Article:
Kentuckians Take Distilleries To Court Over Whiskey Fungus

Reply Thu 30 Aug, 2012 01:44 am
August 29, 2012
Kentuckians Take Distilleries to Court Over Black Gunk
LOUISVILLE, Ky. — The sooty-looking black gunk has been here for as long as anyone can remember, creeping on the outside of homes, spreading over porch furniture, blanketing car roofs, mysterious and ever-present.

It was pollution, residents speculated, or maybe something to do with the industrial riverfront. But it turns out the most likely culprit is Kentucky’s signature product, its liquid pride: whiskey, as in bourbon whiskey, distilled and bottled across the city and nearby countryside.

In 2007, researchers published a scientific study about Baudoinia, a newly identified type of fungus. Naturally occurring, Baudoinia germinates on ethanol, the colorless alcohol that can evaporate during fermentation, making the area around whiskey-aging warehouses a prime breeding ground.

News of this whiskey fungus soon rippled across spirit-producing communities from Cognac to Canada — a mystery solved, and an opportunity found.

In June, home and business owners in and around Louisville, part of the Kentucky Bourbon Trail, filed class-action lawsuits in federal and circuit courts against five major distilleries, charging property damage and negligence. In September, with the help of lawyers in Britain, the plaintiffs’ Louisville lawyer, William F. McMurry, plans to bring a similar suit in Scotland, where the fungus is so rampant that it almost seems like part of the architecture.

“Every distillery that we’ve tested has had it, as far as I know,” said James Scott, the University of Toronto mycologist who helped identify and name Baudoinia.

Mr. McMurry wants the courts to order distillers to simply “stop off-gasing ethanol,” he said, adding: “This is not going to affect their bottom line and the flavor of whiskey.”

Distillers beg to differ, saying they are not liable for a natural growth that, not incidentally, has covered their own buildings for centuries. (“Warehouse staining” was observed in Cognac, France, in 1870.) And even for plaintiffs, the case has proved divisive in a place where whiskey is a main economic engine, a tourism booster and a way of life.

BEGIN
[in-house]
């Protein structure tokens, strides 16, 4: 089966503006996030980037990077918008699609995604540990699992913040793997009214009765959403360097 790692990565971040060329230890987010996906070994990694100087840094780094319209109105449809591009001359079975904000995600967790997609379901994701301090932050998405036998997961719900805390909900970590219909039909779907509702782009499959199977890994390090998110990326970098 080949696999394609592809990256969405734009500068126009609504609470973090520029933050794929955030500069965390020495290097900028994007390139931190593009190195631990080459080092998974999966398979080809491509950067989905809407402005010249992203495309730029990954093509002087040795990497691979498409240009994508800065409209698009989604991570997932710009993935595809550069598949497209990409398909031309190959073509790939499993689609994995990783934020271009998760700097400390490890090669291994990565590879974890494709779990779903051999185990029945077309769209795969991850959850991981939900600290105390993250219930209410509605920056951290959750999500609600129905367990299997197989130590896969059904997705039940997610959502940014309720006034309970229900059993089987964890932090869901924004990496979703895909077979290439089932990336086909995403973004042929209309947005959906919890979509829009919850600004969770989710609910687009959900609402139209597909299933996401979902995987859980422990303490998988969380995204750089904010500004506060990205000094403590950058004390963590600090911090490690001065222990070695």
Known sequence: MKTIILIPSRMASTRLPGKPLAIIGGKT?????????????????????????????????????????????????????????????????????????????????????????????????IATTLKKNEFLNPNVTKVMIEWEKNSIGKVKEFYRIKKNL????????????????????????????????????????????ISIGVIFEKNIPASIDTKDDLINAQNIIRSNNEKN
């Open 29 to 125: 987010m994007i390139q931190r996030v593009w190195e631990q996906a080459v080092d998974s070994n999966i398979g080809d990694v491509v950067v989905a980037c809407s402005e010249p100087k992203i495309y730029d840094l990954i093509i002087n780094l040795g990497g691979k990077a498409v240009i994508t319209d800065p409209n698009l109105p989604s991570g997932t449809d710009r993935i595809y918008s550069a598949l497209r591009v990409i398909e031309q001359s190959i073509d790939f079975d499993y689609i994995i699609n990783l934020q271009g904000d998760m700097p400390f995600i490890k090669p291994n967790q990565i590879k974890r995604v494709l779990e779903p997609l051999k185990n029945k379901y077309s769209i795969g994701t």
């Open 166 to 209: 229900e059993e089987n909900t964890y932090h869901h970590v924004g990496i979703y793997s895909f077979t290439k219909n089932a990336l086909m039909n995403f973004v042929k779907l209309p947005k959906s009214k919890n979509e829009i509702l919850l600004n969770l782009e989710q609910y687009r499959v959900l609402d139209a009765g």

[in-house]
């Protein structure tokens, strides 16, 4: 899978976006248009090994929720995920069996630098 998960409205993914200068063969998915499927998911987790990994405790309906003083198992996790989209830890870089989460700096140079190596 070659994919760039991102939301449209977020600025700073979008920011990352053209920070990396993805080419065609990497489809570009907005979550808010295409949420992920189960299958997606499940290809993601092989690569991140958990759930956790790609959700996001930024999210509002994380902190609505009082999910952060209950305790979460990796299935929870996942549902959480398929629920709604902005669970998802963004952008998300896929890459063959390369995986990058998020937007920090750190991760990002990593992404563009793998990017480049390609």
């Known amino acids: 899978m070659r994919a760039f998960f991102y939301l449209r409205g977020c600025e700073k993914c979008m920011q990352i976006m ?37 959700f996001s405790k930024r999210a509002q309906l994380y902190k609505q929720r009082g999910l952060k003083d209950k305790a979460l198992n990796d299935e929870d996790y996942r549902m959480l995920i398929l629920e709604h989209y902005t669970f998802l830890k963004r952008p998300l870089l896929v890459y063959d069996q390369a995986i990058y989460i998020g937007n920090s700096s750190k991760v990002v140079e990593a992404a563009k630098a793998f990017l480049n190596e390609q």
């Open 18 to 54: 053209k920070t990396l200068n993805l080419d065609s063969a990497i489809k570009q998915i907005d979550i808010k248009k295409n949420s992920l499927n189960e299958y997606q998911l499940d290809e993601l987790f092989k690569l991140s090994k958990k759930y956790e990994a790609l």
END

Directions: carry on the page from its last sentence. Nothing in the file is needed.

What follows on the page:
“Some people say, ‘Well, the distilleries were there before you were, so what’s the big deal?’ ” Michael Mills said, sounding resigned as he stood on his deck, his wooden furniture dotted with black mold. He and his wife noticed it not long after they moved into this home they had built for their retirement in a leafy suburban subdivision in Frankfort, Kentucky’s capital.

Their neighbors had it, too, but they were mystified. “We didn’t know what it was to even complain about,” said Mr. Mills, a former engineer in the state’s Department for Environmental Protection.

The dark residue is visible throughout neighborhoods on days when the air carries a slight yeasty smell from nearby whiskey warehouses and on days when it does not, in heat and in damp. It is difficult to get rid of, the lawsuit alleges, returning after repeated commercial cleanings.

“For it to turn black and get discolored, it takes less than a year,” said Kayleigh Count, a health aide from Frankfort, about 35 miles outside Louisville. Like many in this area, Ms. Count said she was “raised by the distilleries and the bourbon industry.” Her father, uncle and two aunts worked in whiskey production, she said, so being a plaintiff in the suit is hard. “It feels like you’re going against something that the family’s done all their lives,” she said.

The Louisville distilleries named in two suits — Brown-Forman, Diageo and Heaven Hill, manufacturers of Woodford Reserve, Bulleit Bourbon and Elijah Craig — plan to “vigorously contest” the claims, company representatives said.

“While we are sympathetic to the concerns of the plaintiffs,” the companies said in a joint statement, “the blackening of some buildings and other structures is due to a naturally occurring common mold that is found widely throughout the environment, including in areas unrelated to the production of whiskey. The companies involved do not believe that they have caused any harm to the plaintiffs or their property.” (The two distilleries named in the lawsuit in Frankfort, Buffalo Trace and Jim Beam, had no comment.)

The fungus does occur elsewhere, Dr. Scott said; commercial bakeries also produce enough ethanol for it to thrive nearby. It does not need much: less than one part per million in the air, indetectable in a sniff test. As whiskey is barrel-aged, about 4 percent of the alcohol evaporates each year, which can add up to tons in a place like Louisville. (Distillers call this evaporated amount the “angels’ share,” as in the angels’ portion of this heavenly elixir.)